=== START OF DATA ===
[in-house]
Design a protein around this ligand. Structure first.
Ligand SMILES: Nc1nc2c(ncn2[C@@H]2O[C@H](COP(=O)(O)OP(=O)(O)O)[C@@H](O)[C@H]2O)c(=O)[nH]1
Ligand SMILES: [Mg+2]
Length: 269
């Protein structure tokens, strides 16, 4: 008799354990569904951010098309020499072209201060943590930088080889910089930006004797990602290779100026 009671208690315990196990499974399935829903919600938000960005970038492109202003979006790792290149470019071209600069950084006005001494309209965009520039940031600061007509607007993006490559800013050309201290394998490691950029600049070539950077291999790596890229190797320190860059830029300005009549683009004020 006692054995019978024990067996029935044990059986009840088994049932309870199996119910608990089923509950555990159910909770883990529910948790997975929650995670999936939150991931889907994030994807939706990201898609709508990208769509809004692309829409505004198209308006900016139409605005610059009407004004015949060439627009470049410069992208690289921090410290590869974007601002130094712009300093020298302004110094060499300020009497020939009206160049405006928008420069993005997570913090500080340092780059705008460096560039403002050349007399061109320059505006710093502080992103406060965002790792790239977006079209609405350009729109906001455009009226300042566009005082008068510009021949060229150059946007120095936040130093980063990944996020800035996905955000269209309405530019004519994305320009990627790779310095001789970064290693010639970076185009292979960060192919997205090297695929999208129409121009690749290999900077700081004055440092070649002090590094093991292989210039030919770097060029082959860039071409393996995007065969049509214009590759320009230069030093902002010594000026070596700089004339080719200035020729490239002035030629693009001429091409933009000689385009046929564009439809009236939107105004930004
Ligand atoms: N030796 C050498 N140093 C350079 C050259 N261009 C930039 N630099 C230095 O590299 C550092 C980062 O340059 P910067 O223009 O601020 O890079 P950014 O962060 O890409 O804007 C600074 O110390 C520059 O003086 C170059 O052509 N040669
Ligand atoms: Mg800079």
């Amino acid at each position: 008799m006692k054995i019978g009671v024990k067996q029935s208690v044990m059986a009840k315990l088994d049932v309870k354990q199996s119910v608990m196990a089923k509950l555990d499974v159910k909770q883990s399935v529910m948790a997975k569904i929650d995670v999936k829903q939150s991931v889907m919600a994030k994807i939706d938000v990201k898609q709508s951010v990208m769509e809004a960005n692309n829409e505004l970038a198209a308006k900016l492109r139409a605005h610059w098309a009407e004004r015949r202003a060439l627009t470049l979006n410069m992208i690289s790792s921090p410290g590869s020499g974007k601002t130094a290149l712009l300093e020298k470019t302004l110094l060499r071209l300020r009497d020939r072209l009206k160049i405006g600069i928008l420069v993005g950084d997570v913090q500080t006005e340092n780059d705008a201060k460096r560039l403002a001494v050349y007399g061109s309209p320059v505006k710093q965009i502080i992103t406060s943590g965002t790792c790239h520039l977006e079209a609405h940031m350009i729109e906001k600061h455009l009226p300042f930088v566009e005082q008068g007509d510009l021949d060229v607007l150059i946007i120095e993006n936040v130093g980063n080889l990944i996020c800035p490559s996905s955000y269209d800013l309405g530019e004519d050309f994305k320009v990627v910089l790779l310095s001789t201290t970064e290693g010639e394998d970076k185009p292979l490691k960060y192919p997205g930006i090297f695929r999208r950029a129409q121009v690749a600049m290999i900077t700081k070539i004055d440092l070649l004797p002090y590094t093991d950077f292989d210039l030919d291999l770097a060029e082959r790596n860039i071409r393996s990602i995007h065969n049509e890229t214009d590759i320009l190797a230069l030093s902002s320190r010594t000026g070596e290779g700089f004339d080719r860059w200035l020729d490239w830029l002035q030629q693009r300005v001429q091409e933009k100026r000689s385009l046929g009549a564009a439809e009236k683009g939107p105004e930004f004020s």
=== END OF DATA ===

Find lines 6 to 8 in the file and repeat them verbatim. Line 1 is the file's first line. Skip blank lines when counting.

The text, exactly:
């Protein structure tokens, strides 16, 4: 008799354990569904951010098309020499072209201060943590930088080889910089930006004797990602290779100026 009671208690315990196990499974399935829903919600938000960005970038492109202003979006790792290149470019071209600069950084006005001494309209965009520039940031600061007509607007993006490559800013050309201290394998490691950029600049070539950077291999790596890229190797320190860059830029300005009549683009004020 006692054995019978024990067996029935044990059986009840088994049932309870199996119910608990089923509950555990159910909770883990529910948790997975929650995670999936939150991931889907994030994807939706990201898609709508990208769509809004692309829409505004198209308006900016139409605005610059009407004004015949060439627009470049410069992208690289921090410290590869974007601002130094712009300093020298302004110094060499300020009497020939009206160049405006928008420069993005997570913090500080340092780059705008460096560039403002050349007399061109320059505006710093502080992103406060965002790792790239977006079209609405350009729109906001455009009226300042566009005082008068510009021949060229150059946007120095936040130093980063990944996020800035996905955000269209309405530019004519994305320009990627790779310095001789970064290693010639970076185009292979960060192919997205090297695929999208129409121009690749290999900077700081004055440092070649002090590094093991292989210039030919770097060029082959860039071409393996995007065969049509214009590759320009230069030093902002010594000026070596700089004339080719200035020729490239002035030629693009001429091409933009000689385009046929564009439809009236939107105004930004
Ligand atoms: N030796 C050498 N140093 C350079 C050259 N261009 C930039 N630099 C230095 O590299 C550092 C980062 O340059 P910067 O223009 O601020 O890079 P950014 O962060 O890409 O804007 C600074 O110390 C520059 O003086 C170059 O052509 N040669
Ligand atoms: Mg800079």